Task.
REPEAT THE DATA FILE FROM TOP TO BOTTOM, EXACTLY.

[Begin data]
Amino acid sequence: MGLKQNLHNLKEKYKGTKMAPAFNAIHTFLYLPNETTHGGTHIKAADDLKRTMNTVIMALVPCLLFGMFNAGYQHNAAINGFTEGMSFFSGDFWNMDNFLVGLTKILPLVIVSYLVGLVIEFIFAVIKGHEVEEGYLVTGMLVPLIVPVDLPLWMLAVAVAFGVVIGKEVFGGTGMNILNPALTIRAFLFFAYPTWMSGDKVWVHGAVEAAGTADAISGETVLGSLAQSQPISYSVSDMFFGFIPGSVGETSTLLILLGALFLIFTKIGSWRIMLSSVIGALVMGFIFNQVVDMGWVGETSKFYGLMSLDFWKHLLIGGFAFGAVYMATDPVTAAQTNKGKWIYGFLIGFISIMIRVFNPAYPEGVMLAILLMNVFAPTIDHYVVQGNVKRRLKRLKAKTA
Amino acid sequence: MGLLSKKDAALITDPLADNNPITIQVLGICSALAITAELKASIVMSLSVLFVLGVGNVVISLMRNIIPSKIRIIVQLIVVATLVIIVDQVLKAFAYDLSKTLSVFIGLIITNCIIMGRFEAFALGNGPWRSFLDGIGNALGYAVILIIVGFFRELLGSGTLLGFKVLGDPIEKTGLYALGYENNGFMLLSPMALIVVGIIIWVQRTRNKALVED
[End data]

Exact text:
Amino acid sequence: MGLKQNLHNLKEKYKGTKMAPAFNAIHTFLYLPNETTHGGTHIKAADDLKRTMNTVIMALVPCLLFGMFNAGYQHNAAINGFTEGMSFFSGDFWNMDNFLVGLTKILPLVIVSYLVGLVIEFIFAVIKGHEVEEGYLVTGMLVPLIVPVDLPLWMLAVAVAFGVVIGKEVFGGTGMNILNPALTIRAFLFFAYPTWMSGDKVWVHGAVEAAGTADAISGETVLGSLAQSQPISYSVSDMFFGFIPGSVGETSTLLILLGALFLIFTKIGSWRIMLSSVIGALVMGFIFNQVVDMGWVGETSKFYGLMSLDFWKHLLIGGFAFGAVYMATDPVTAAQTNKGKWIYGFLIGFISIMIRVFNPAYPEGVMLAILLMNVFAPTIDHYVVQGNVKRRLKRLKAKTA
Amino acid sequence: MGLLSKKDAALITDPLADNNPITIQVLGICSALAITAELKASIVMSLSVLFVLGVGNVVISLMRNIIPSKIRIIVQLIVVATLVIIVDQVLKAFAYDLSKTLSVFIGLIITNCIIMGRFEAFALGNGPWRSFLDGIGNALGYAVILIIVGFFRELLGSGTLLGFKVLGDPIEKTGLYALGYENNGFMLLSPMALIVVGIIIWVQRTRNKALVED